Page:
It is very unfortunate that most of the teachers take their work so non-seriously. Many of them are even unsuitable for this work. They have no living interest in study and scholarship. They never progress beyond their student days. Our system of edụcation is such that the teacher can go on teaching for years without feeling the necessity of reading himself. Such a teacher is no teacher. The first requirement of an ideal teacher, let us emphasize again, is that he should be a sound scholar, that he should have a zest for learning, that he should keep himself in touch with the latest developments in his subjects.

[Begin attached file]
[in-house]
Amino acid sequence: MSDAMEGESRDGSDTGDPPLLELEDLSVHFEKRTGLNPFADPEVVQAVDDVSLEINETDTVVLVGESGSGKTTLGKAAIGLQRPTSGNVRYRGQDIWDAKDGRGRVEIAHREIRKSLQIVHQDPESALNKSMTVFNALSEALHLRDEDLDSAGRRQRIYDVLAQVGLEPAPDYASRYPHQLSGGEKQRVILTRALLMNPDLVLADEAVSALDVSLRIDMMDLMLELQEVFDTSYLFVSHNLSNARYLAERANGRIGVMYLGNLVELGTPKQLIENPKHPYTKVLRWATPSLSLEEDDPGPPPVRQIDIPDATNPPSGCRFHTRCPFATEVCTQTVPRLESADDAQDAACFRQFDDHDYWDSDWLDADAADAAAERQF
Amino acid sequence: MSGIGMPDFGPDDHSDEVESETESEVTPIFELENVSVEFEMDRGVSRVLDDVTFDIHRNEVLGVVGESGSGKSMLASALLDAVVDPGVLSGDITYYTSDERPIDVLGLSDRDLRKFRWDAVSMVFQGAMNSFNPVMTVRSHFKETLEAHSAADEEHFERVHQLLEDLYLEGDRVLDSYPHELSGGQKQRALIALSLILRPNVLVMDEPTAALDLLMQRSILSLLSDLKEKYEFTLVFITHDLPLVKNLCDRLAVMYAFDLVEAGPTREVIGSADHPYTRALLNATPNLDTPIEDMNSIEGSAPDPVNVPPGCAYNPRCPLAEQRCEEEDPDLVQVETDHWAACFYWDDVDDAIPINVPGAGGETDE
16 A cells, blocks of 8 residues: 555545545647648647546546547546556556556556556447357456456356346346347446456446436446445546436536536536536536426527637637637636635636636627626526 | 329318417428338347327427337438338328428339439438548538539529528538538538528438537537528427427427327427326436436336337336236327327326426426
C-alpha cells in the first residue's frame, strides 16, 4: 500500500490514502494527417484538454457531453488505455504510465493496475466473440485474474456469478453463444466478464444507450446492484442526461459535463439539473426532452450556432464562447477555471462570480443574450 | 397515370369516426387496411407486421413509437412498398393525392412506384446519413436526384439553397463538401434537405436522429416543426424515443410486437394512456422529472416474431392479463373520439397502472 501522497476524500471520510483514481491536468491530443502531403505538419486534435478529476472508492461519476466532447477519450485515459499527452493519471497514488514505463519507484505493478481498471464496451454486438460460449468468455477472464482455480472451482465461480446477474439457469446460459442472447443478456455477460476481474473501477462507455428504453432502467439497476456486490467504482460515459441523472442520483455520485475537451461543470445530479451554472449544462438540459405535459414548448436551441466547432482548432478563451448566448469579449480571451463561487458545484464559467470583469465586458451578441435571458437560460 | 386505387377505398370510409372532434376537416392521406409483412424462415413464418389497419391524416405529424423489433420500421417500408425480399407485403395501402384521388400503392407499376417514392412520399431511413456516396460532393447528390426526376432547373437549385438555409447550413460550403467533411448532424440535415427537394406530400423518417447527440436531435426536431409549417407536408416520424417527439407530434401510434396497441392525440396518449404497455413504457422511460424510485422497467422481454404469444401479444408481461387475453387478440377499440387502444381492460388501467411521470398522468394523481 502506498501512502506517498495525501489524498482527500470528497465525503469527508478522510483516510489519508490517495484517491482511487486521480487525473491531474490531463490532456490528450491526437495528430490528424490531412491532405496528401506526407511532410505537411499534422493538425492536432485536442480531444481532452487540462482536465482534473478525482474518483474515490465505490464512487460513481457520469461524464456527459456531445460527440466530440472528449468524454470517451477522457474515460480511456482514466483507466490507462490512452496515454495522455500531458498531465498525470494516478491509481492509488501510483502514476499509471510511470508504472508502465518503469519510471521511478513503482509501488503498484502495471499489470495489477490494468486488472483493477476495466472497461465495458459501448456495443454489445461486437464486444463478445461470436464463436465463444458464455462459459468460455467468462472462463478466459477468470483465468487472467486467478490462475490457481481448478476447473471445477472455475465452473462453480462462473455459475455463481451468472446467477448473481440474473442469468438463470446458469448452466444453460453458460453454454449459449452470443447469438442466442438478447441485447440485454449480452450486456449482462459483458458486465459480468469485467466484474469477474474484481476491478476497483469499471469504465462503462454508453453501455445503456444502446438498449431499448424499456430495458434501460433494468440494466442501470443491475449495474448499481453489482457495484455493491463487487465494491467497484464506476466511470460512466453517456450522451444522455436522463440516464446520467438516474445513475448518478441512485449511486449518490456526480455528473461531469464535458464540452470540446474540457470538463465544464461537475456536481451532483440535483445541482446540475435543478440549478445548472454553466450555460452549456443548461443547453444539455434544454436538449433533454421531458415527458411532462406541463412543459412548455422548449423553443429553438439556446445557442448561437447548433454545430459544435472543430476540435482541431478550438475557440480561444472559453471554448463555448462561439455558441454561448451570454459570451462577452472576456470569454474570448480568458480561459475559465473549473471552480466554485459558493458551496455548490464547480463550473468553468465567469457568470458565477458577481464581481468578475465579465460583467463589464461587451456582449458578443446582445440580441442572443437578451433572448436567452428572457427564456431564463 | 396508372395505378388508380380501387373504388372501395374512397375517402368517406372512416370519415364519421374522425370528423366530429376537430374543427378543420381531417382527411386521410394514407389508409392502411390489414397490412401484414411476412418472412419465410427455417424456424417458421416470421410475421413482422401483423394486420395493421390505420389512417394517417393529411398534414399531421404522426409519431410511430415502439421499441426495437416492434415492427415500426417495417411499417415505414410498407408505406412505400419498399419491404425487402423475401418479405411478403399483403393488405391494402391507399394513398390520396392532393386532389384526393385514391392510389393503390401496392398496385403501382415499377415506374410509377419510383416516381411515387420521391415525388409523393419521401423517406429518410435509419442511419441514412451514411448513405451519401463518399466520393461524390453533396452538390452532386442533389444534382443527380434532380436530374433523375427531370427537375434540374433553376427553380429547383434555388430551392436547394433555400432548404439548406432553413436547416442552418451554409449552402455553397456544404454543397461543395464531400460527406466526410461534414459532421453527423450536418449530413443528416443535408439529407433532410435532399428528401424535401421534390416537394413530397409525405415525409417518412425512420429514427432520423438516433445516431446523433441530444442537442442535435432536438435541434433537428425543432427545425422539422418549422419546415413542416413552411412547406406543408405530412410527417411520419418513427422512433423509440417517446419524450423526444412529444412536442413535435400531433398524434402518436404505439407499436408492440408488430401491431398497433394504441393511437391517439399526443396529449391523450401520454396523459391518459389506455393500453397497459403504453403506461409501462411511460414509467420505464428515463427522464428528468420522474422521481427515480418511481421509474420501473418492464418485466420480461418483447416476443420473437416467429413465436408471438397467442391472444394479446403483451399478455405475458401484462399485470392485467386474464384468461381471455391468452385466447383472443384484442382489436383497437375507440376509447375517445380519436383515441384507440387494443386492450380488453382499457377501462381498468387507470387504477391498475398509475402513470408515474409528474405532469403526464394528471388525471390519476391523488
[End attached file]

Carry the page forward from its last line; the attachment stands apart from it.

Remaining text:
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But a mere scholarship will not do. All scholars are not good teachers. In fact many scholars make positively bad teachers. They find it difficult to communicate their learning to others. So the next quality of a good teacher is that he should be able to share his learning with his students. This means many things. The teacher must be a good talker. He cannot teach properly unless he can talk effectively and with ease. He must bave an adequate command over the spoken word. Only then he will be able to communicate his scholarship. Then he should be able to talk in such a manner that he is understood. He should not talk over the heads of his pupils. Most scholars do that. Sometimes they cannot help it. As teacher, however, must digest his learning. Then he will always talk simply. He will have no difficulty in communicating to others. Students will not be able to speak about · him; “Yes, he is a great scholar but he is a bad teacher because we cannot follow what he says.” In other words, an ideal teacher is neither confused nor difficult to understand. He is able to impart his learning to the pupils in a systematic manner in accordance with their level of mental development.